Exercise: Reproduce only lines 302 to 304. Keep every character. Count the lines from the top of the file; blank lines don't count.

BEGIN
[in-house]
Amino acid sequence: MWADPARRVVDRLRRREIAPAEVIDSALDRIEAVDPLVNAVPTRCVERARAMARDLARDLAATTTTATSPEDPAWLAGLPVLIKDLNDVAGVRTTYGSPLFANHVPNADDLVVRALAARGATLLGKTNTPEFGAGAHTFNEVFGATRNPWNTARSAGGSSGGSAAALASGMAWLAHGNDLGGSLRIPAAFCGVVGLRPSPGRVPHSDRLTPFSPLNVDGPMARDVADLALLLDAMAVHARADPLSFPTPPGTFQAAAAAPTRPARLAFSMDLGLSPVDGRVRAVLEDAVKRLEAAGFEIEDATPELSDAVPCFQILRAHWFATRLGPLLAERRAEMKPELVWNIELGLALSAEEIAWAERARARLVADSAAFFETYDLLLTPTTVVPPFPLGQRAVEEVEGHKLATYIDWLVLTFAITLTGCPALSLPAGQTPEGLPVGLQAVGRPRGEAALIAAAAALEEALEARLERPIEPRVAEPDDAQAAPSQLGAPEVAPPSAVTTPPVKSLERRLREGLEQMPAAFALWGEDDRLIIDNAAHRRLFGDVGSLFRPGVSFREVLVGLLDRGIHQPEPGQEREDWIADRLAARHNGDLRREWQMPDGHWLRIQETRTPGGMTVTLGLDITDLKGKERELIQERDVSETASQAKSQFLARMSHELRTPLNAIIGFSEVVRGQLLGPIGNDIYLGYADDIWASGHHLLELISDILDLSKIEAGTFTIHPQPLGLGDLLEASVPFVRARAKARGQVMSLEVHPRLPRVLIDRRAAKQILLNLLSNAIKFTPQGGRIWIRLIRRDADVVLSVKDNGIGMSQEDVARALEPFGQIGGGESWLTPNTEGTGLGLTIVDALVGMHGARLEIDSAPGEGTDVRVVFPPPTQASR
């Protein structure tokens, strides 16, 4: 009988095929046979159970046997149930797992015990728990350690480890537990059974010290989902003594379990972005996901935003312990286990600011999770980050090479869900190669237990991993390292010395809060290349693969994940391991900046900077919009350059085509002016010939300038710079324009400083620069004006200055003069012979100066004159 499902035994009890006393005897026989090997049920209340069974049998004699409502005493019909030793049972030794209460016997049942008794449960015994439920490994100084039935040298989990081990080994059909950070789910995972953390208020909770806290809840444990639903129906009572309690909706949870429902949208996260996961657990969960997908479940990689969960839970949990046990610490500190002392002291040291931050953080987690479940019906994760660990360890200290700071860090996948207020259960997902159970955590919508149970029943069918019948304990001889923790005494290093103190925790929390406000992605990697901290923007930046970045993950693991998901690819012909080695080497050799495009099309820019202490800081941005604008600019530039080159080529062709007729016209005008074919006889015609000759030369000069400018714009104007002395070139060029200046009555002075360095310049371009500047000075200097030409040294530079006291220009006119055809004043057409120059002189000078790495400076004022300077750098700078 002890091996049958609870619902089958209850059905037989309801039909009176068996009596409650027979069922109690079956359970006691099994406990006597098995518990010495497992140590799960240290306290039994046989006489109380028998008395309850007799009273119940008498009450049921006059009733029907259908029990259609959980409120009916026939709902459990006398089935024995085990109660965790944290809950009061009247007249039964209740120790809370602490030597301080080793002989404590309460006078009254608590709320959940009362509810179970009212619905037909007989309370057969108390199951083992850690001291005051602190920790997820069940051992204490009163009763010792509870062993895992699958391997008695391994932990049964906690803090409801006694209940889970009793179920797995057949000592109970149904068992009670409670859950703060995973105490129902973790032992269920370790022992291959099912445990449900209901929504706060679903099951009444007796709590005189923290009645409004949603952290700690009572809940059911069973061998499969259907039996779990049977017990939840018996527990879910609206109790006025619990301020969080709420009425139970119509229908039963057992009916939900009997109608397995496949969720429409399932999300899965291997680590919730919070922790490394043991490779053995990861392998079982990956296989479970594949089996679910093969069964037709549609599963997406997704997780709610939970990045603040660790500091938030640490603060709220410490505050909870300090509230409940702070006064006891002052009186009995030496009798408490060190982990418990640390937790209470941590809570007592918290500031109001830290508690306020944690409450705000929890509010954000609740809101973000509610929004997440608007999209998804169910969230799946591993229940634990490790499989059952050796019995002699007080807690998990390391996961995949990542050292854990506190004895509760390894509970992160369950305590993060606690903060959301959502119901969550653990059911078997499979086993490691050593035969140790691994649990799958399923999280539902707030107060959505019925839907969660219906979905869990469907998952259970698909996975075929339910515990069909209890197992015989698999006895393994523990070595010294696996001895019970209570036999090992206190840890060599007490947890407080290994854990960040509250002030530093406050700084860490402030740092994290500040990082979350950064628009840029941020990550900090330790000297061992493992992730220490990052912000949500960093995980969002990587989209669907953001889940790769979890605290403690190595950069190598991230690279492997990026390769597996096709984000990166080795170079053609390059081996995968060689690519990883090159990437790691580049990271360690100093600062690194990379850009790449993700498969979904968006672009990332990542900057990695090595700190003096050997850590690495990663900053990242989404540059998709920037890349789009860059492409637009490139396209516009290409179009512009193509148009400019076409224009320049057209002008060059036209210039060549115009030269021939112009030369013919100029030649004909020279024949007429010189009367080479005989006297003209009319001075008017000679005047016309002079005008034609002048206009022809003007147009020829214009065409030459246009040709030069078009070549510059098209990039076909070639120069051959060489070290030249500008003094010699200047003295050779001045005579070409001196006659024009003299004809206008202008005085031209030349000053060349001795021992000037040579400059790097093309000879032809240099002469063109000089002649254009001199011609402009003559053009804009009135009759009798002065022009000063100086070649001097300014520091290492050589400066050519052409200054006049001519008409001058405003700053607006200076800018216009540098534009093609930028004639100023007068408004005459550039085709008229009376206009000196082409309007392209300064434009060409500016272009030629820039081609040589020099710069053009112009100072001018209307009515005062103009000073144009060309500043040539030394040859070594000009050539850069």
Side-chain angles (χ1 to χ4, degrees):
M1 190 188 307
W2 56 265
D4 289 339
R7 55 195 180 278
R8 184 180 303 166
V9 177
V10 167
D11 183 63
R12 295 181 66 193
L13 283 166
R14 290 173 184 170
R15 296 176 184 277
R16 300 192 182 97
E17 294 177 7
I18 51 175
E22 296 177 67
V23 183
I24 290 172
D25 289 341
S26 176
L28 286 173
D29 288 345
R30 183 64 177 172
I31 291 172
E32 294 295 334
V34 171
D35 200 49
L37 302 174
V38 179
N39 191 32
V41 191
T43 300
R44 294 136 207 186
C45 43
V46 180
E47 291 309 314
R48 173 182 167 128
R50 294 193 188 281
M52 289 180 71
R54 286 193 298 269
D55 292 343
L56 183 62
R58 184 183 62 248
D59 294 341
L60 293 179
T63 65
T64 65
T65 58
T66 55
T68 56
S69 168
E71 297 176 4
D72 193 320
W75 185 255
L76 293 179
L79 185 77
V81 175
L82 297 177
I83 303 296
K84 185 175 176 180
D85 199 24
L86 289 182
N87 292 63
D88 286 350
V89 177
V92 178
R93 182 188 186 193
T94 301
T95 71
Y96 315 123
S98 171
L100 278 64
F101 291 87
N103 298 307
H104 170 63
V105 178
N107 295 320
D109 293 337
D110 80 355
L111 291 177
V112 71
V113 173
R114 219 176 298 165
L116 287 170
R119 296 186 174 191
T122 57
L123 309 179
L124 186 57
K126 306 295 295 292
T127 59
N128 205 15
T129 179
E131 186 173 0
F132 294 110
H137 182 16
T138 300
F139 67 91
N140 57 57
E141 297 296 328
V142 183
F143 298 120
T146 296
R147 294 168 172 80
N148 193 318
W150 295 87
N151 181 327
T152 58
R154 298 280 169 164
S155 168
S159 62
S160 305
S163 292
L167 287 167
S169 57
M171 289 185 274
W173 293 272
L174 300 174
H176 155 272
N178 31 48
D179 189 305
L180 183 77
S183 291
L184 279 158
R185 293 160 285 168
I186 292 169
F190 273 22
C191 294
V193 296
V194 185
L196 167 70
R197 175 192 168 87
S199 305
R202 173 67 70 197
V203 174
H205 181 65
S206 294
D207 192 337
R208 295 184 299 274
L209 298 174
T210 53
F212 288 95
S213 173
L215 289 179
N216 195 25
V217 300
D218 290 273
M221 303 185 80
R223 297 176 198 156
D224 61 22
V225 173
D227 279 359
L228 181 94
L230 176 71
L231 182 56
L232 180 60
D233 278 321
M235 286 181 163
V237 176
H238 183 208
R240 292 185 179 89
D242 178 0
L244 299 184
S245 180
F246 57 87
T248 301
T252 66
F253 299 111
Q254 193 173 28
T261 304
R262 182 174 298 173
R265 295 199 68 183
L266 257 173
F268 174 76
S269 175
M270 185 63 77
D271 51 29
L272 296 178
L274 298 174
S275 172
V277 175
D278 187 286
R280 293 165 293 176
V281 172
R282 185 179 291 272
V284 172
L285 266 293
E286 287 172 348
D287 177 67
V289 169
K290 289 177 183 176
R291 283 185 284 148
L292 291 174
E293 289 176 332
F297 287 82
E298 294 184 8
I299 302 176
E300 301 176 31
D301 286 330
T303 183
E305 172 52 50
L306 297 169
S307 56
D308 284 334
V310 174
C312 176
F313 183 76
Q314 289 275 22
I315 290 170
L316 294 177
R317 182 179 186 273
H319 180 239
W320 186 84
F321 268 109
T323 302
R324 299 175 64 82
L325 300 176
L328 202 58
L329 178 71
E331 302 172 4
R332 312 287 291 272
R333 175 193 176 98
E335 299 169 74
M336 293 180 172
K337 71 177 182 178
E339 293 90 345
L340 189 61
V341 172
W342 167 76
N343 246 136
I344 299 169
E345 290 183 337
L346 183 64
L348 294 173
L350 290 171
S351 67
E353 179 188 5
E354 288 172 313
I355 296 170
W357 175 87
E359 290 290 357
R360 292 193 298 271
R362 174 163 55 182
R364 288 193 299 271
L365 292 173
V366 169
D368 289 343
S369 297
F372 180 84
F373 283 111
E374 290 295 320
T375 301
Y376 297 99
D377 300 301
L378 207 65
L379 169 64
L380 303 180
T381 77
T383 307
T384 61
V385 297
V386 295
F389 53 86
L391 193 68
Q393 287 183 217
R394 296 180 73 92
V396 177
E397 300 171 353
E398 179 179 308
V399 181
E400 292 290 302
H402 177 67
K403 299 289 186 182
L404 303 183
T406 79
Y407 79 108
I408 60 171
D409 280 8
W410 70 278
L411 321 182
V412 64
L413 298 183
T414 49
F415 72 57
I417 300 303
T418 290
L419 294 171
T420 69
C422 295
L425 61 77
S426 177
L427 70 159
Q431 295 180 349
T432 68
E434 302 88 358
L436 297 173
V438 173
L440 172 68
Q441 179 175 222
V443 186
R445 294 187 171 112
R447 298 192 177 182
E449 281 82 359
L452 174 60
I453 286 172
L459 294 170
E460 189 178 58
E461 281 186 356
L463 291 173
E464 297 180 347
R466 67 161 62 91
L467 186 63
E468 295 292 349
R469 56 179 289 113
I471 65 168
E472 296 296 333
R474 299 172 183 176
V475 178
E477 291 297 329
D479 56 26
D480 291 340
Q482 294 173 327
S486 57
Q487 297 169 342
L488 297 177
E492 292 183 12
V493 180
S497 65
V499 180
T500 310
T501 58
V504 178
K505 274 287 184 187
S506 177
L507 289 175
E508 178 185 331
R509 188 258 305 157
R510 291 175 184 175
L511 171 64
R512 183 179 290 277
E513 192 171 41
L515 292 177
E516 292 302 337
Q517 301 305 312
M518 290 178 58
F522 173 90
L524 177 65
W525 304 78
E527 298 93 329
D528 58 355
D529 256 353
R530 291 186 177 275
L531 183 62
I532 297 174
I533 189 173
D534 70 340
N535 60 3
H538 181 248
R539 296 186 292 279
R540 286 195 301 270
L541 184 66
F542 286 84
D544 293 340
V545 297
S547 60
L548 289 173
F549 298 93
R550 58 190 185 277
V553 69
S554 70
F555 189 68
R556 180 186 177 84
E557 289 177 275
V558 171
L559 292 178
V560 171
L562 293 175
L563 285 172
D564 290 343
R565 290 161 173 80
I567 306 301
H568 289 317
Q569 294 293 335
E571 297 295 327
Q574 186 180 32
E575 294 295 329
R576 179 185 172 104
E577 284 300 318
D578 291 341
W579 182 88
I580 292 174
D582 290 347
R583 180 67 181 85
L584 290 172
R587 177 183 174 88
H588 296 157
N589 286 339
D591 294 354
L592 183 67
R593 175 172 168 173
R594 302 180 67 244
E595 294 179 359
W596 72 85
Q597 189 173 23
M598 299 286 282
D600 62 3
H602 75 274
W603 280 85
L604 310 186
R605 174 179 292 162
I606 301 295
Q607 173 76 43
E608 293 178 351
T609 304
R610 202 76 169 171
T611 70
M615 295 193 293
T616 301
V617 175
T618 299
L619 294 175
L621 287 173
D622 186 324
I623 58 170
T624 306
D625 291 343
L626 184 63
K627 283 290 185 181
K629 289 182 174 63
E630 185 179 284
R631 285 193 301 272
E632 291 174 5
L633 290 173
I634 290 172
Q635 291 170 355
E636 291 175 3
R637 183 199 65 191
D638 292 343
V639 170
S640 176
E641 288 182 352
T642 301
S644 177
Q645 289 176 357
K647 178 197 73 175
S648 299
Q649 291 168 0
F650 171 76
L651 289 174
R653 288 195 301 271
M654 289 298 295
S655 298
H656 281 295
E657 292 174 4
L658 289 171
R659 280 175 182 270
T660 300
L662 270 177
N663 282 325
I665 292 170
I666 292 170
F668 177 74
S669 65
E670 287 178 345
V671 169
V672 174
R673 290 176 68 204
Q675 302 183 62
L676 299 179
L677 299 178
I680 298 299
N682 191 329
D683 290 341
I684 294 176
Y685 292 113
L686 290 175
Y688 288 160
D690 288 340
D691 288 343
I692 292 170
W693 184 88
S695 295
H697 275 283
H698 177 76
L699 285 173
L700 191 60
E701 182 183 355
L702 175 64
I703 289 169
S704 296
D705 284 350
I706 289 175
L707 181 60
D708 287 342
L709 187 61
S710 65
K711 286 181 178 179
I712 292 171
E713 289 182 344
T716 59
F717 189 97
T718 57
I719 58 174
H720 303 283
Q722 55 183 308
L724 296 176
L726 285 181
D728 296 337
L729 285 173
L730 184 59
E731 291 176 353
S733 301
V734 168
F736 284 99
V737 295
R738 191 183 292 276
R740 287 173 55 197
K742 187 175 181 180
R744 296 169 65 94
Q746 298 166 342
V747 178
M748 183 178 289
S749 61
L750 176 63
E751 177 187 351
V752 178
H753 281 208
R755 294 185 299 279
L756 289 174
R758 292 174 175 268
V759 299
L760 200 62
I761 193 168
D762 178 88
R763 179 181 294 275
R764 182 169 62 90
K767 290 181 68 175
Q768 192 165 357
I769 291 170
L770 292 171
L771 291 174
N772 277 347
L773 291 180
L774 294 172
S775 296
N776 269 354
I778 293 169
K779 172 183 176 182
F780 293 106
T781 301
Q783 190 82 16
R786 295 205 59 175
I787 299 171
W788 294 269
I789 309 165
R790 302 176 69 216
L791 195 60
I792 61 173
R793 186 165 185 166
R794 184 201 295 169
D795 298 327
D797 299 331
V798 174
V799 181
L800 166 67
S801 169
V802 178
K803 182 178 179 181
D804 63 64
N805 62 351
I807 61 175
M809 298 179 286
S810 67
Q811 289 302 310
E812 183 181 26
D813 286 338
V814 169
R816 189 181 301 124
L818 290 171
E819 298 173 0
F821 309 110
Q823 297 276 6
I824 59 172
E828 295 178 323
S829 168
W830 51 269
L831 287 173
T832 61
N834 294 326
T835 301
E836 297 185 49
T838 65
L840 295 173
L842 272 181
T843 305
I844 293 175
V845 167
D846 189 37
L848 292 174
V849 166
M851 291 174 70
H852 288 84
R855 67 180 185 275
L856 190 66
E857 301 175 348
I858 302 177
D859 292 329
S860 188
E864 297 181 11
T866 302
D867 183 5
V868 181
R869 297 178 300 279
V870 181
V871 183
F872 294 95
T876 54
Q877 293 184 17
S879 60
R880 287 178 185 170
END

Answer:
Q441 179 175 222
V443 186
R445 294 187 171 112